Fail: Cargill recommends washing turkey

Cargill, the owners of the Honeysuckle White brand of turkey, may want to update its turkey prep instructions; and maybe before Christmas.

A barfblog.com reader sent in this label; I enlarged it but my aging eyes still couldn’t make out what it said.

According to the Honeysuckle White website,

“Leave the turkey in its original wrapping and place it on a tray in your refrigerator. Allow five hours of defrosting time per pound. For example, a 14-19 lb. turkey will need 3-4 days to thoroughly defrost. If your turkey hasn’t completely thawed by the time you’re ready to cook it, place it under cold, running water to accelerate the thawing process.”

This will spread Salmonella, Campylobacter and others throughout your kitchen, at home or in a restaurant.

Cargill also recommends, “Rinse the turkey both inside and out with cool water and pat it dry with paper towels.”

Guess Cargill’s not up on the science: don’t wash that bird (unless you killed it in your backyard with a bow and arrow in Kansas, sure, wash it to help get the feathers out; but I thought Cargill had sorta figured that out).

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  • Brian

    Actually, I did a similar procedure due to the 19.52-lb (8.87-kg) turkey still had ice crystals adjacent to the wing joints, even after four-plus days in a 4 degree C refrigerator. Running a slow stream of lukewarm (instead of cold) water in the kitchen sink accelerated (within 15 min) the final defrosting for easy extraction of the excised, still-frozen deskinned neck and paper-packaged giblets (liver and kidneys) nesting deep in the hollowed torso. The deep-dish roasting pan pre-positioned on the kitchen counter was a mere 10 cm from the turkey-in-the-sink and was simple to transfer the rinsed bird. [Note: I refrained from patting down the bird with paper towels (Cargill’s procedure) since the added moisture dissipates during roasting. Also, I do not want to deal with the potential pathogen contamination traipsing from kitchen sink to the kitchen garbage pail stored inside a cabinet across the room.]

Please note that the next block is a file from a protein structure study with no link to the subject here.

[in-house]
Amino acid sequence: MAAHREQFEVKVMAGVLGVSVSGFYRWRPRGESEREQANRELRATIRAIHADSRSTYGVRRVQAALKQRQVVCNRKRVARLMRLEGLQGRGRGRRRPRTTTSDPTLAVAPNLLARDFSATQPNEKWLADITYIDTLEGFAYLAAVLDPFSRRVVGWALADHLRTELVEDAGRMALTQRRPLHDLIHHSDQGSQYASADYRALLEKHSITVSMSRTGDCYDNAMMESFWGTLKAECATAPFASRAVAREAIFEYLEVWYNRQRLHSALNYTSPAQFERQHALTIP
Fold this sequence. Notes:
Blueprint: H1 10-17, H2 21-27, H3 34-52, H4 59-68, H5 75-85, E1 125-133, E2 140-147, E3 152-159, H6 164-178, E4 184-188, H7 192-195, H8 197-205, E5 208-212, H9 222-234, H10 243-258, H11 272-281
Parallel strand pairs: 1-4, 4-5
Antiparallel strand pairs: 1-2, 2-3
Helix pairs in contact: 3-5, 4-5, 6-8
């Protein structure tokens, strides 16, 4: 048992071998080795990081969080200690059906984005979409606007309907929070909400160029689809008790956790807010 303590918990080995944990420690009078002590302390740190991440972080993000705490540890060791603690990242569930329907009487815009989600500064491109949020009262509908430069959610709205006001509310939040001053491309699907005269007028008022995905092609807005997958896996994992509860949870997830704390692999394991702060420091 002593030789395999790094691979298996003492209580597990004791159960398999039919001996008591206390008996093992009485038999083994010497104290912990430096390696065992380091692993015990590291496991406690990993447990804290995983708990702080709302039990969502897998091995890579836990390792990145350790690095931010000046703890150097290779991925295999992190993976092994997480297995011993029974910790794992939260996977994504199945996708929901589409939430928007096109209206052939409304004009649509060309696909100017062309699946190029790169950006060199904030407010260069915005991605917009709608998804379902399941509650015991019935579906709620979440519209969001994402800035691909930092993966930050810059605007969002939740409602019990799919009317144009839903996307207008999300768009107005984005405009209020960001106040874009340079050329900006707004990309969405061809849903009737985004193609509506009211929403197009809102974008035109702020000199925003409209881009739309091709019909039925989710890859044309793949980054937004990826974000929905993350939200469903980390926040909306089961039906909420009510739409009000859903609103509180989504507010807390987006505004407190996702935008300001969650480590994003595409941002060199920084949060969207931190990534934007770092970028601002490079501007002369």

I do not believe that my pre-panning, final rinsing procedure, including “flipping the bird” for final thawing of the turkey’s backside in the sink, caused my kitchen to become a CDC hot zone. I did use sufficient dish soap and warm water to clean the post-turkeyed sink and my hands. One of the turkey breasts was pierced with the re-useable standard operating temperature meat probe (exposed through the aluminum foil covering the bird as it was too big for the roasting pan cover). The cook time at 325-350 F (163-177 C) during basting for the unstuffed bird met the 4-4.5-hr procedure recommended on the wrapping on the turkey from a Cargill competitor. Core breast meat temperature reached about 170 degrees F (77 C) and man, it was a delicious main course for thirteen people on Thursday night with leftover turkey to boot (rather, carcass meat was removed and refrigerated for the next day’s snacking) . 😉

  • We always bleach the sink and working surfaces after the turkey prep.

  • Kristine Scott

    Thawing under running water is actually 1 of 3 acceptable ways to thaw out food.